ILGA-Europe

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ILGA-Europe
Formation 1996
Purpose/focus LGBT rights and intersex rights
Headquarters Brussels, Belgium
Region served 49 countries   Council of Europe + Belarus and Kosovo
Membership over 350 member organisations
Website www.ilga-europe.org

ILGA-Europe is the European Region of the International Lesbian, Gay, Bisexual, Trans and Intersex Association. It is an advocacy group promoting the interests of lesbian, gay, bisexual, transgender and intersex persons, at the European level. Its membership comprises over 350 organisations from throughout Europe. Every year, member organisations elect the Executive Board of ILGA-Europe at the Annual Conference. The Association enjoys consultative status at Economic and Social Council of the United Nations (ECOSOC) [1] and participatory status at the Council of Europe.[2]

The history of ILGA-Europe[edit]

ILGA-Europe was founded in 1996, when its parent organisation, the International Lesbian, Gay, Bisexual, Trans and Intersex Association, established separate regions. It took over responsibility for supporting the development of the LGBT movement in Europe including Transgender Europe, Inter-LGBT and for relationships with the European Union, Council of Europe and the Organisation for Security and Co-operation in Europe.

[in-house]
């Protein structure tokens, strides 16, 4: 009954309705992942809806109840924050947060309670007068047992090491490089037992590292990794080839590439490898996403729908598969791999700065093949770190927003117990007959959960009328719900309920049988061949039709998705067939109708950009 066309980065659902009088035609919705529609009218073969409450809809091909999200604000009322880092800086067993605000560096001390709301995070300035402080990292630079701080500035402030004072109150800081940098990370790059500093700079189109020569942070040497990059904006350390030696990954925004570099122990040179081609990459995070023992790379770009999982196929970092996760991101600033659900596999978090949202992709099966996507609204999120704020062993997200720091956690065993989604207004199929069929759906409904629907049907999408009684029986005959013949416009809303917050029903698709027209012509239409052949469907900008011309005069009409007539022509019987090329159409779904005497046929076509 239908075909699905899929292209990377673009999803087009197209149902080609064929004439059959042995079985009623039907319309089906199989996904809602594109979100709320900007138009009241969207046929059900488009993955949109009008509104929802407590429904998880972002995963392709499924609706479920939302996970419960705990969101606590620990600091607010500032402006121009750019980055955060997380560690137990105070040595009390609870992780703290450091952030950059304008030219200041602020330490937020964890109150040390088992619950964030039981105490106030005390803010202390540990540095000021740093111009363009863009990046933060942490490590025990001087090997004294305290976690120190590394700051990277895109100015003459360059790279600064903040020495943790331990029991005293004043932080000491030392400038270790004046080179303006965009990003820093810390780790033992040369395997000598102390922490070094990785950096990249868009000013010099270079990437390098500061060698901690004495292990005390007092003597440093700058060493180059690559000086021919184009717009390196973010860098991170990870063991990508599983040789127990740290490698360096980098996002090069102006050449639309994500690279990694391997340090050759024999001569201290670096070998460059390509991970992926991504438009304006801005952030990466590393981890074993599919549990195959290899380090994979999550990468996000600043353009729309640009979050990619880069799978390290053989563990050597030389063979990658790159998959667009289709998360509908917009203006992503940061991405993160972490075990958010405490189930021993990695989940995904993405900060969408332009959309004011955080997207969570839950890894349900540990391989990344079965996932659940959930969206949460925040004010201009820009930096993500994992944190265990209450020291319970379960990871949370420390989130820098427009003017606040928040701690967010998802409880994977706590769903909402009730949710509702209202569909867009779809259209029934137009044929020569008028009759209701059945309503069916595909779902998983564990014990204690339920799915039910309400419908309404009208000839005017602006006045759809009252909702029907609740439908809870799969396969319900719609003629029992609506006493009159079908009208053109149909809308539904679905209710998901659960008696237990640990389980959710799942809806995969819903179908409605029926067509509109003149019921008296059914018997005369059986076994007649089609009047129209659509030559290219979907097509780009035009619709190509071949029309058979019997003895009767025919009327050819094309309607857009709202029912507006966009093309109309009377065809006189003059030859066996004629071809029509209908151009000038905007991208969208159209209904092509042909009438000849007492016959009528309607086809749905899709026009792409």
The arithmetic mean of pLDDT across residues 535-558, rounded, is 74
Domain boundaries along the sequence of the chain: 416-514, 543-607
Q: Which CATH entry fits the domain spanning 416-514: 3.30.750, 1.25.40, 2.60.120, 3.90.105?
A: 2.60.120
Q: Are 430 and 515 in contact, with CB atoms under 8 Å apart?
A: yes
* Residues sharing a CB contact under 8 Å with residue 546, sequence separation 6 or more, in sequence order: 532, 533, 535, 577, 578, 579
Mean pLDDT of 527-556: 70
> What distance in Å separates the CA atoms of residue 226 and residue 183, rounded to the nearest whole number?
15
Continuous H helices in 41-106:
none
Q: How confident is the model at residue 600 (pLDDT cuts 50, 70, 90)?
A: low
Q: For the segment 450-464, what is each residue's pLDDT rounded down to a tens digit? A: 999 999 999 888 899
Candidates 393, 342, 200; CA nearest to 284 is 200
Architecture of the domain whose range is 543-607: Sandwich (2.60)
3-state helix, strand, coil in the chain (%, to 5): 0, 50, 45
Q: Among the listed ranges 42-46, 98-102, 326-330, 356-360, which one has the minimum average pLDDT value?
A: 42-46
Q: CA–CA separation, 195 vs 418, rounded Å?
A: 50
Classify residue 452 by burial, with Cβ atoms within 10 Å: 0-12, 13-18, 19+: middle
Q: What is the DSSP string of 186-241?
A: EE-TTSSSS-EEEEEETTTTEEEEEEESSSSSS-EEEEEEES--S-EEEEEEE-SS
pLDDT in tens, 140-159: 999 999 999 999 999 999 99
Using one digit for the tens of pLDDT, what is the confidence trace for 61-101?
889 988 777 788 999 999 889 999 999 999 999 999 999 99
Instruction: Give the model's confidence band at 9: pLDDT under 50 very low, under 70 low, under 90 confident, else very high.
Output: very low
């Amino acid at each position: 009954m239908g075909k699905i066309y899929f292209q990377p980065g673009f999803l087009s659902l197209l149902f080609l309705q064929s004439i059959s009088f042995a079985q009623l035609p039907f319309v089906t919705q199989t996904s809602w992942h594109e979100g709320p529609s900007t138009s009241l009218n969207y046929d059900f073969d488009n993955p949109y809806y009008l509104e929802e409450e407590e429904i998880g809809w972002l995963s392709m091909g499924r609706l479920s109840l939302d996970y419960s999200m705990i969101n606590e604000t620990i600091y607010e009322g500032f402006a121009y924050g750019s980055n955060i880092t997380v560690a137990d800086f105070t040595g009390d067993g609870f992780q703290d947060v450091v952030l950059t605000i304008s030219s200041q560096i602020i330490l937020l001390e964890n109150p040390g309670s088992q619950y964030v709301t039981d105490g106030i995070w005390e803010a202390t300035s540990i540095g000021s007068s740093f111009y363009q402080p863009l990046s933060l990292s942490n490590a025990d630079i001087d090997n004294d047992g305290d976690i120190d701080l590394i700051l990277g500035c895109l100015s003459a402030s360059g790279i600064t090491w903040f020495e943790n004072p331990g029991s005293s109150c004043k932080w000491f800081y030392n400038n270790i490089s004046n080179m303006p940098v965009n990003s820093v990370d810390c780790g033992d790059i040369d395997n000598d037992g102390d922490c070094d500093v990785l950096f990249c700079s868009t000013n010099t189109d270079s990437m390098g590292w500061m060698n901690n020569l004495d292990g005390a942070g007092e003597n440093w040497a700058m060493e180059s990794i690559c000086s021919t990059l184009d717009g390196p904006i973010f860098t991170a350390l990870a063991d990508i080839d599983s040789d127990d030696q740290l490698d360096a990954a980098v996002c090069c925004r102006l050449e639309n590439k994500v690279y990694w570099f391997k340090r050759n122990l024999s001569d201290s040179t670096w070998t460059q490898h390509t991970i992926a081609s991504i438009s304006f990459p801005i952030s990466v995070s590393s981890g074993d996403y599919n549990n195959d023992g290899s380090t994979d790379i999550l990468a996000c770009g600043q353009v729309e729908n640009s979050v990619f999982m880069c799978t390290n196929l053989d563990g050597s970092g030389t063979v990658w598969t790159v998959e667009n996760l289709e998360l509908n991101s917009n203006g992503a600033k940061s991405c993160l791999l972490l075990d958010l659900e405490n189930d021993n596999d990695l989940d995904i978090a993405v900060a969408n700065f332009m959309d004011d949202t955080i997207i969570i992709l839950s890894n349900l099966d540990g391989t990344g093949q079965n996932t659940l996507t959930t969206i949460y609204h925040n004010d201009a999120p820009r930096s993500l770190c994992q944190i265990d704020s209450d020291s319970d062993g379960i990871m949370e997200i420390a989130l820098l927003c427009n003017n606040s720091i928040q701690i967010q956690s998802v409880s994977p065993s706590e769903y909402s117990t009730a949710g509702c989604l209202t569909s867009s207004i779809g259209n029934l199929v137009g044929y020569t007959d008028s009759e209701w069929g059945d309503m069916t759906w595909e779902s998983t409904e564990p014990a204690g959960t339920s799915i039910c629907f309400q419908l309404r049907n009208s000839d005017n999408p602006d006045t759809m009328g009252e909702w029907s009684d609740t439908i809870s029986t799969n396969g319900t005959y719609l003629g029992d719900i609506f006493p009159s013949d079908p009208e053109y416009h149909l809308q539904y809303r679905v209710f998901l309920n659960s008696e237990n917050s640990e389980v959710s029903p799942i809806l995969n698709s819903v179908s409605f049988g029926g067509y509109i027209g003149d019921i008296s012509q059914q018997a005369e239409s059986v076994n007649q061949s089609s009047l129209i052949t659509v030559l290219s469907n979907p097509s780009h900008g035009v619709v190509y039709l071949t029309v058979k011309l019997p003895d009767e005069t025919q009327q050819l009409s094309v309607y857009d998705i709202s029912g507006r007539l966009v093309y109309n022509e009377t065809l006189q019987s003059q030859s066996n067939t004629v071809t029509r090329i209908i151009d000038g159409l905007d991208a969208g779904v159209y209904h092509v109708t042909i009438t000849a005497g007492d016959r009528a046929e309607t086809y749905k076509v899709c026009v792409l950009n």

Initially ILGA-Europe worked entirely on the basis of volunteer resources. However in 2001, its potential contribution to the European Union's anti-discrimination policies (established under Article 13 of the Treaty of Amsterdam) was recognised through the provision of core funding (currently through European Commission/PROGRESS Programme). This enabled ILGA-Europe to set up an office in Brussels, to recruit permanent staff, and to conduct an extensive programme of work in relation to sexual orientation discrimination within the EU Member States and the accession countries. Further financial support from the Sigrid Rausing Trust and the Open Society Institute: (Human Rights and Governance Grants Program and Rights Initiative) allowed ILGA-Europe to extend its work in areas not covered by EU funding, including Eastern Europe, and on transgender issues.

ILGA-Europe's Annual Conference History[edit]

Since 2000, at the end of October ILGA-Europe hosts its annual conference.

2000 – Bucharest, Romania, theme Accepting Diversity

2001 – Rotterdam, The Netherlands, theme Creating Partnership

2002 – Lisbon, Portugal, theme Recognising Diversity, Promoting Equality

2003 – Glasgow, Scotland, theme Policy into Practice – making LGBT equality happen

2004 – Budapest, Hungary, theme Coming out to the EU

2005 – Paris, France

2006 – Sofia, Bulgaria, theme We are Family – Our families in Europe and the European family

2007 – Vilnius, Lithuania, theme LGBT Rights are Human Rights – Respect, Recognition and Responsibilities

2008 – Vienna, Austria, theme Think globally, act locally

2009 – Malta, theme Overcoming Religious & Cultural Barriers to LGBT Equality

2010 – The Hague, The Netherlands, theme Expressing our differences, challenging our prejudices, developing our alliances

2011 – Turin, Italy, theme "Human Rights and "Traditional Values": clash or dialogue?"

2012 – Dublin, Ireland, theme "Advancing LGBTI equality in challenging economic times"

Rainbow Europe[edit]